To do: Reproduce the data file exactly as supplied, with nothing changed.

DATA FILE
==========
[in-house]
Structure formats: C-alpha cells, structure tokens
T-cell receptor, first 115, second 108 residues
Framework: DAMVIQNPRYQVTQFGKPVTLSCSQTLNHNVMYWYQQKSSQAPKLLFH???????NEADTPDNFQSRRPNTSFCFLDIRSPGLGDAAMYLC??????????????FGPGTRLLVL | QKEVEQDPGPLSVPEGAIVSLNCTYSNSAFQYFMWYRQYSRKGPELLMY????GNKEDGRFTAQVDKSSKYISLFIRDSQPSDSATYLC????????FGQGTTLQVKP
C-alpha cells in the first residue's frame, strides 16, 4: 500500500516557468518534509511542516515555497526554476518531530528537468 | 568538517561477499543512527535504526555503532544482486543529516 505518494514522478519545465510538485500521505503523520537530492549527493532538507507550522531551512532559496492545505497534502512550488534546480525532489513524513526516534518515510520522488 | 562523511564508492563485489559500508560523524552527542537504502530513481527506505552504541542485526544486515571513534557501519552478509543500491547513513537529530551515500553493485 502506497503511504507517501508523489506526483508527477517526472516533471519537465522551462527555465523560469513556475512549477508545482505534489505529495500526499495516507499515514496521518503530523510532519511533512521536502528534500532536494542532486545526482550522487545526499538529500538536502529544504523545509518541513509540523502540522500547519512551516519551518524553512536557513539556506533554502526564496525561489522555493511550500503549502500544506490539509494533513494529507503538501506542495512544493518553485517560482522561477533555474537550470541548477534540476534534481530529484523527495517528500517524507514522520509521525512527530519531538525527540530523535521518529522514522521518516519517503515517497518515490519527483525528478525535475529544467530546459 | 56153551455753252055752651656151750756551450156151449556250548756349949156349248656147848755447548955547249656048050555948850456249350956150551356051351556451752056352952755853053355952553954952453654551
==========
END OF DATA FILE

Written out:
[in-house]
Structure formats: C-alpha cells, structure tokens
T-cell receptor, first 115, second 108 residues
Framework: DAMVIQNPRYQVTQFGKPVTLSCSQTLNHNVMYWYQQKSSQAPKLLFH???????NEADTPDNFQSRRPNTSFCFLDIRSPGLGDAAMYLC??????????????FGPGTRLLVL | QKEVEQDPGPLSVPEGAIVSLNCTYSNSAFQYFMWYRQYSRKGPELLMY????GNKEDGRFTAQVDKSSKYISLFIRDSQPSDSATYLC????????FGQGTTLQVKP
C-alpha cells in the first residue's frame, strides 16, 4: 500500500516557468518534509511542516515555497526554476518531530528537468 | 568538517561477499543512527535504526555503532544482486543529516 505518494514522478519545465510538485500521505503523520537530492549527493532538507507550522531551512532559496492545505497534502512550488534546480525532489513524513526516534518515510520522488 | 562523511564508492563485489559500508560523524552527542537504502530513481527506505552504541542485526544486515571513534557501519552478509543500491547513513537529530551515500553493485 502506497503511504507517501508523489506526483508527477517526472516533471519537465522551462527555465523560469513556475512549477508545482505534489505529495500526499495516507499515514496521518503530523510532519511533512521536502528534500532536494542532486545526482550522487545526499538529500538536502529544504523545509518541513509540523502540522500547519512551516519551518524553512536557513539556506533554502526564496525561489522555493511550500503549502500544506490539509494533513494529507503538501506542495512544493518553485517560482522561477533555474537550470541548477534540476534534481530529484523527495517528500517524507514522520509521525512527530519531538525527540530523535521518529522514522521518516519517503515517497518515490519527483525528478525535475529544467530546459 | 56153551455753252055752651656151750756551450156151449556250548756349949156349248656147848755447548955547249656048050555948850456249350956150551356051351556451752056352952755853053355952553954952453654551